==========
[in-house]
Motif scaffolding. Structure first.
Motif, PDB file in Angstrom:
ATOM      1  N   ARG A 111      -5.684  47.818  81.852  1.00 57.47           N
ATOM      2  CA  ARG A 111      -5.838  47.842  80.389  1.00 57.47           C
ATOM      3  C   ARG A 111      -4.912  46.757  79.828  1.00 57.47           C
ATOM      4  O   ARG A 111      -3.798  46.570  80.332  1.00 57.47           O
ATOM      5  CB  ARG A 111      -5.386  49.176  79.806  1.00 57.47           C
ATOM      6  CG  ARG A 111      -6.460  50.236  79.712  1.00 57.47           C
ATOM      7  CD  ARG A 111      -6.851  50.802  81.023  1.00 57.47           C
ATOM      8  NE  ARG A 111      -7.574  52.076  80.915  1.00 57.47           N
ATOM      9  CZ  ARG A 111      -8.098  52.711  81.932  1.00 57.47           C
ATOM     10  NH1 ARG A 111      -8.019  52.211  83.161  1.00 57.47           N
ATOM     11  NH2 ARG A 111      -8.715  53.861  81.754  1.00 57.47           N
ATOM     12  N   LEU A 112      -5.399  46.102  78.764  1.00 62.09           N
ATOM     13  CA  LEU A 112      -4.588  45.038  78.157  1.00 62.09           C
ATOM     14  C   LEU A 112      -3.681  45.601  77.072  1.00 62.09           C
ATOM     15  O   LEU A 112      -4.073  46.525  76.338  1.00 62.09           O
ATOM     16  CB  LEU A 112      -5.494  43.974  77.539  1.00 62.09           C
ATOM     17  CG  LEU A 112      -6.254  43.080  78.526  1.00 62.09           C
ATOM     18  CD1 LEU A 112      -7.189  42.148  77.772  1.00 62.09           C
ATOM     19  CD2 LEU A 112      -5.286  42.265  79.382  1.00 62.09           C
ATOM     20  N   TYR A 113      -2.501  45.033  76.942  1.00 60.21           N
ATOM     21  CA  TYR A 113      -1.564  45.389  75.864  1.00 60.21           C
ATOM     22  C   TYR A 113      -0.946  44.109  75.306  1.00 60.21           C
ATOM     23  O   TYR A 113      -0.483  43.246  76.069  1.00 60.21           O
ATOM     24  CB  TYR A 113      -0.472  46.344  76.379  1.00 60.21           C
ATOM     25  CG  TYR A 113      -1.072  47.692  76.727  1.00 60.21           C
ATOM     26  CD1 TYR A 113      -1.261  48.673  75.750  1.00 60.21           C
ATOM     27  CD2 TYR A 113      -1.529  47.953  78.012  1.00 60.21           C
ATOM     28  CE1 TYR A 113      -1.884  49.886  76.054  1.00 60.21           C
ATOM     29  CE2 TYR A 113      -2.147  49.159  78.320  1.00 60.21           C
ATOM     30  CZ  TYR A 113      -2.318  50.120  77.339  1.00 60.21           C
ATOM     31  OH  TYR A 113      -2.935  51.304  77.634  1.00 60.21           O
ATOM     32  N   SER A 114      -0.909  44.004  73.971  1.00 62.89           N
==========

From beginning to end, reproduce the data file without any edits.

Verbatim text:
[in-house]
Motif scaffolding. Structure first.
Motif, PDB file in Angstrom:
ATOM      1  N   ARG A 111      -5.684  47.818  81.852  1.00 57.47           N
ATOM      2  CA  ARG A 111      -5.838  47.842  80.389  1.00 57.47           C
ATOM      3  C   ARG A 111      -4.912  46.757  79.828  1.00 57.47           C
ATOM      4  O   ARG A 111      -3.798  46.570  80.332  1.00 57.47           O
ATOM      5  CB  ARG A 111      -5.386  49.176  79.806  1.00 57.47           C
ATOM      6  CG  ARG A 111      -6.460  50.236  79.712  1.00 57.47           C
ATOM      7  CD  ARG A 111      -6.851  50.802  81.023  1.00 57.47           C
ATOM      8  NE  ARG A 111      -7.574  52.076  80.915  1.00 57.47           N
ATOM      9  CZ  ARG A 111      -8.098  52.711  81.932  1.00 57.47           C
ATOM     10  NH1 ARG A 111      -8.019  52.211  83.161  1.00 57.47           N
ATOM     11  NH2 ARG A 111      -8.715  53.861  81.754  1.00 57.47           N
ATOM     12  N   LEU A 112      -5.399  46.102  78.764  1.00 62.09           N
ATOM     13  CA  LEU A 112      -4.588  45.038  78.157  1.00 62.09           C
ATOM     14  C   LEU A 112      -3.681  45.601  77.072  1.00 62.09           C
ATOM     15  O   LEU A 112      -4.073  46.525  76.338  1.00 62.09           O
ATOM     16  CB  LEU A 112      -5.494  43.974  77.539  1.00 62.09           C
ATOM     17  CG  LEU A 112      -6.254  43.080  78.526  1.00 62.09           C
ATOM     18  CD1 LEU A 112      -7.189  42.148  77.772  1.00 62.09           C
ATOM     19  CD2 LEU A 112      -5.286  42.265  79.382  1.00 62.09           C
ATOM     20  N   TYR A 113      -2.501  45.033  76.942  1.00 60.21           N
ATOM     21  CA  TYR A 113      -1.564  45.389  75.864  1.00 60.21           C
ATOM     22  C   TYR A 113      -0.946  44.109  75.306  1.00 60.21           C
ATOM     23  O   TYR A 113      -0.483  43.246  76.069  1.00 60.21           O
ATOM     24  CB  TYR A 113      -0.472  46.344  76.379  1.00 60.21           C
ATOM     25  CG  TYR A 113      -1.072  47.692  76.727  1.00 60.21           C
ATOM     26  CD1 TYR A 113      -1.261  48.673  75.750  1.00 60.21           C
ATOM     27  CD2 TYR A 113      -1.529  47.953  78.012  1.00 60.21           C
ATOM     28  CE1 TYR A 113      -1.884  49.886  76.054  1.00 60.21           C
ATOM     29  CE2 TYR A 113      -2.147  49.159  78.320  1.00 60.21           C
ATOM     30  CZ  TYR A 113      -2.318  50.120  77.339  1.00 60.21           C
ATOM     31  OH  TYR A 113      -2.935  51.304  77.634  1.00 60.21           O
ATOM     32  N   SER A 114      -0.909  44.004  73.971  1.00 62.89           N